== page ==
Phil Zimmerman has finally released the Windows version of Zfone. As previously mentioned, ZFone sets up encrypted communications using the ZRTP protocol between two SIP software clients. The Windows version joins existing version already available for MAC and LINUX systems. While this software will be very handy for two individuals that wish to keep their VOIP communications private, in order to truly bring privacy to the predominantly insecure VOIP industry it is hoped that the protocol will be licensed by VOIP handset manufacturers and SIP telephony service providers.
Skype has announced that it will offer free long distance within the US and Canada. This means that a Skype user physically located within the US or Canada can call any landline located in the US or Canada using Skypeout at no charge. The limitations on the calling location appear to be implemented by recognizing IPs used by ISPs located within the US and Canada. Canadian and US residents traveling abroad, and Skype users located outside of North America, are expected to pay the Skypeout rates to call a PSTN number in the US or Canada. However, I suspect that users that utilize corporate VPNs that terminate in North America, or wifi hotspot users that subscribe to one of the pubic VPN services (such as hotspotVPN or PublicVPN) may find they will appear as located in North America even when traveling abroad (this will depend on the location of the public VPN server) and may be able to benefit from the free Skype offer. Another option might be to set up a VPN server on a home computer (for example, iOpus Private Internet Gateway (iPIG))or Internet router.
Not to be left behind, SMC has joined Netgear in also announcing a Skype-compatible wi-fi voip handset, the SMCWSKP100. This handset supposedly works with both 802.11b/g networks but does not contain a built-in browser. So access will still be limited to home/corporate access points or public access points that do not require authentication or clicking through a re-direct page.
Skype has announced the beta release of version 2.5. Some of the neat new features added include:
* the ability to pay for Skype’s various fee-based services from within Skype (instead of needing to use a web browser)
* support for sharing of contact lists between groups
* the ability to send SMS messages from within Skype.
* audio call quality analyzer
* support for Skypecasts (which allow conference calls of up to 100 participants)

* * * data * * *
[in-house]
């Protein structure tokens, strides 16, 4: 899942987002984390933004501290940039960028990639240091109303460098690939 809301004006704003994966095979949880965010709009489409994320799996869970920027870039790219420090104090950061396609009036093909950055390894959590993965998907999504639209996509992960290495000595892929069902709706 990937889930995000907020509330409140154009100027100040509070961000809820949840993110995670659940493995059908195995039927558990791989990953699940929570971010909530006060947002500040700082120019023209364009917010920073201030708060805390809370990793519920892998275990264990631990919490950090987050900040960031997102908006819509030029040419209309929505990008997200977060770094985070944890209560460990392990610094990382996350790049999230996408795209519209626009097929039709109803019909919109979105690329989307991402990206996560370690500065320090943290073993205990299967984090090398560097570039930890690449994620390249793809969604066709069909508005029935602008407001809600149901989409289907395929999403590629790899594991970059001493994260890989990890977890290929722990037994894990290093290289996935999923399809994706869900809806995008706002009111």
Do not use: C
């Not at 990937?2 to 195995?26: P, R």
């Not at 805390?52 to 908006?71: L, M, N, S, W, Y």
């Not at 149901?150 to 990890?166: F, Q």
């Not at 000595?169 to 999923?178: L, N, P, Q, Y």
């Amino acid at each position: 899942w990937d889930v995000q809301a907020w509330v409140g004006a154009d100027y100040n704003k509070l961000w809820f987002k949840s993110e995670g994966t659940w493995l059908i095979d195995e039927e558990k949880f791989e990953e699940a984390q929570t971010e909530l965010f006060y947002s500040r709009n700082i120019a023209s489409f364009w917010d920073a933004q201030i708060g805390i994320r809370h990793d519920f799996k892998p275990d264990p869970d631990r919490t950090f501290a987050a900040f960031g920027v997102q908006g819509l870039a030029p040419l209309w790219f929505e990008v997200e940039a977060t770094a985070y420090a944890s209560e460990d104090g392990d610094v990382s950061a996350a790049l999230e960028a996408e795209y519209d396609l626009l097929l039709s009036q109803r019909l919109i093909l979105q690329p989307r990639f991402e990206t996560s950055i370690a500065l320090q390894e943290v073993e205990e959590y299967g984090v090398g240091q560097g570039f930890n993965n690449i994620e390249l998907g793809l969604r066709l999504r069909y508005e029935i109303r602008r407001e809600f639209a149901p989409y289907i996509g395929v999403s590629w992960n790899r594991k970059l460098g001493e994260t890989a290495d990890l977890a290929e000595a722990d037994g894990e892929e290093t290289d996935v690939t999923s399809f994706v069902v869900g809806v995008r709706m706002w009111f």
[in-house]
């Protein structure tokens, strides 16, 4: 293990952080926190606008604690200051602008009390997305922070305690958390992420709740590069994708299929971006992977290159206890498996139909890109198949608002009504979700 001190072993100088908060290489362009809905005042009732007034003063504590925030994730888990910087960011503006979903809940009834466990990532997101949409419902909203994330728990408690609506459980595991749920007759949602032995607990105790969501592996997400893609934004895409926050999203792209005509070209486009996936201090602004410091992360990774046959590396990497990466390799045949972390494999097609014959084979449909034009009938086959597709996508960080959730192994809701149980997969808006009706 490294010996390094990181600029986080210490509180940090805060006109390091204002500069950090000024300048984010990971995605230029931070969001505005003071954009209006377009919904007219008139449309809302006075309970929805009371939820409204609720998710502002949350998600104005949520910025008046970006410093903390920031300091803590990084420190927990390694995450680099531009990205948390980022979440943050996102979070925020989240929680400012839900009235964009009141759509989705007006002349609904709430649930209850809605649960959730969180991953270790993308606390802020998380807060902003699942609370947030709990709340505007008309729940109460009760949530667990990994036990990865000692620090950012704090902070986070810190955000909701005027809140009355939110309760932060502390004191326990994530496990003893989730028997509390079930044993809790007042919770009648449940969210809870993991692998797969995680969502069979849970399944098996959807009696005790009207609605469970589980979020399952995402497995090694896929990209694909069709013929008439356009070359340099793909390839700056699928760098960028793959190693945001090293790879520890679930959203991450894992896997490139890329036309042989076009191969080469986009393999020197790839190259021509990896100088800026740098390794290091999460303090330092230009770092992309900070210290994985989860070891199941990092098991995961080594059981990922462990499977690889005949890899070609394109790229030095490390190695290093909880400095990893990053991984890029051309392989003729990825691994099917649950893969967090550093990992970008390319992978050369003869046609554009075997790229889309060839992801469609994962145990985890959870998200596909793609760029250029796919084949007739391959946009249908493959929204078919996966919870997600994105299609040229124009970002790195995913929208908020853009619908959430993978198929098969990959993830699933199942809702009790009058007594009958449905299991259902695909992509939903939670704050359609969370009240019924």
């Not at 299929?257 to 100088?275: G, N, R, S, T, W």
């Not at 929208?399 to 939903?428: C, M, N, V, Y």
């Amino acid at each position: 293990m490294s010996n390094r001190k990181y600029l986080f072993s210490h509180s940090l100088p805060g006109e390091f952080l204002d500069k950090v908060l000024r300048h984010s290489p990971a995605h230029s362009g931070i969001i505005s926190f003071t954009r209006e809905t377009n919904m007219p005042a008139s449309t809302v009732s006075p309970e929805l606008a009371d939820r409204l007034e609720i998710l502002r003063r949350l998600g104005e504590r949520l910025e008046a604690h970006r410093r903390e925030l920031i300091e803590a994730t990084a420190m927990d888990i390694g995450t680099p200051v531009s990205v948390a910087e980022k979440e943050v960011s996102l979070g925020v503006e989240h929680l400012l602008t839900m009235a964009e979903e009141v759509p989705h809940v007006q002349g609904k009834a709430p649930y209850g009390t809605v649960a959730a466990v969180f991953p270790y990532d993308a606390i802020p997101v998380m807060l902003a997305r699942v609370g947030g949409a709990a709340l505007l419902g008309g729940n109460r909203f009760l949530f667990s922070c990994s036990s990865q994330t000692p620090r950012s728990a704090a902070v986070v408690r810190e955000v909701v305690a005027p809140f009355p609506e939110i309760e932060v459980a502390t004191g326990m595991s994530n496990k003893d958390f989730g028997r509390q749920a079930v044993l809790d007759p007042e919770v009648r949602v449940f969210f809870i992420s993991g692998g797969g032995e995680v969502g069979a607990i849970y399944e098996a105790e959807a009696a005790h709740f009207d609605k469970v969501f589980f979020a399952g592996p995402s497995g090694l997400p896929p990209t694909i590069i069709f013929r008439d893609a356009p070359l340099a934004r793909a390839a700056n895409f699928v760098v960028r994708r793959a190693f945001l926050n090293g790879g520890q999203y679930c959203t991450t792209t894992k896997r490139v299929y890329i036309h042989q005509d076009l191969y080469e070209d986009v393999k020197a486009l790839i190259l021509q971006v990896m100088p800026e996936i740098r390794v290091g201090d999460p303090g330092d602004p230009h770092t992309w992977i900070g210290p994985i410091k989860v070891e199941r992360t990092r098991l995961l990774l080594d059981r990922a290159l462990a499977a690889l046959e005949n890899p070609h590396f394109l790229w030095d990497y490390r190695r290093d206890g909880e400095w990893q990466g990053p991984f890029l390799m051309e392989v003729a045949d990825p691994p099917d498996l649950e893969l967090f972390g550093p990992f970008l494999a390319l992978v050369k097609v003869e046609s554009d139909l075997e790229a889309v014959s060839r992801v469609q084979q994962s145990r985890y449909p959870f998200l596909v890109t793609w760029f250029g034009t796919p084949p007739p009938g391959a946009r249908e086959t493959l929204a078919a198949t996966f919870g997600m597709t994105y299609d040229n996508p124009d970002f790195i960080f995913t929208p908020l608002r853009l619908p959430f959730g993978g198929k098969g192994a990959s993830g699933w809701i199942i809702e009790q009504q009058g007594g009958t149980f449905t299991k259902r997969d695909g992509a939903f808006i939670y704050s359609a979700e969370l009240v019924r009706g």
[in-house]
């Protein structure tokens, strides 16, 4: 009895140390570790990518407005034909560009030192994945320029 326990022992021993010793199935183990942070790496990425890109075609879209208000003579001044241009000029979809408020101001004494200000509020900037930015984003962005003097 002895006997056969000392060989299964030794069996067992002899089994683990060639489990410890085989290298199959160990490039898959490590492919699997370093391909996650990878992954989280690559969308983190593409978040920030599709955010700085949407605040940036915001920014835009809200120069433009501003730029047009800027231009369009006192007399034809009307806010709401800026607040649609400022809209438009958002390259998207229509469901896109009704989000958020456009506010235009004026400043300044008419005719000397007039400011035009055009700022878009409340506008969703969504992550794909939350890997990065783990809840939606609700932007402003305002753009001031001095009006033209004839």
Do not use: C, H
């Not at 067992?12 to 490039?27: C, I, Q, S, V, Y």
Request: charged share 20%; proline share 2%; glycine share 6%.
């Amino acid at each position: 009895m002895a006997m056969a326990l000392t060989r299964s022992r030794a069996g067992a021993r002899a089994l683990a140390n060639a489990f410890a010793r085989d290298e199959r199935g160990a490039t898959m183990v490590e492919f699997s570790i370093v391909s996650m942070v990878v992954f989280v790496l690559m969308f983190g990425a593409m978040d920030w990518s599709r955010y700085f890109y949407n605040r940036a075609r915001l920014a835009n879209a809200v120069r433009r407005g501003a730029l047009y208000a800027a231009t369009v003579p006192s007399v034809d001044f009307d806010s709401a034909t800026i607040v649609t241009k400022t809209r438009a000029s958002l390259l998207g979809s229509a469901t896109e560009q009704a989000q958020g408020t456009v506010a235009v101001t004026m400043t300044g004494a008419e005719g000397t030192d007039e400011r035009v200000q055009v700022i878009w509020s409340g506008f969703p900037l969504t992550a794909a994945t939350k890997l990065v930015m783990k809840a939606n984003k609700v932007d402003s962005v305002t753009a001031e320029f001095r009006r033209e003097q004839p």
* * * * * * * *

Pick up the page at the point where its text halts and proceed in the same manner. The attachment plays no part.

I’ve also recently noticed the emergence of third party services that are tied to Skype. For example, Lavalife is running a World Chat for singles and Untye is offering a desktop sharing application integrated with Skype.
PC World’s Techlog has a posting about problems experienced by some users with recent Microsoft security patches. To me, this highlights the need to run software on PCs that can allow users to easily roll-back recent changes. While the security fixes cannot be put off indefinitely, this approach at least allows the user to bring the computer back to a functional state while they figure out the cause of the conflict. It is also very useful when any new software is installed that messes up the existing configuration. Examples of products that provide roll-back capabilities include: Farstone’s RestoreIT 7 and Horizon Datasys’ RollBack RX. However, note that most of these types of products alter the boot track of the hard disk and will conflict with any other software that tries to do the same (for example, certain whole disk encryption software or even certain backup programs like Norton’s Ghost (at least the older versions)).
Emblaze is offering its Emoze push email service at no charge, hoping to generate revenues by selling optional services at a future date. The service works with Outlook, Notes and certain Web-based services such as Hotmail, Gmail and Yahoo Mail. A wide variety of cell phones and other PDA-type devices are supported. The client device needs some sort of data connectivity which can include: broadband IP, wireless 3G (WCDMA/UMTS and CDMA2000), Wi-Fi 802.xx, Wi-Max, GPRS (2.5G), EDGE, CDMA 1xRTT or CDMA 1xEVDO.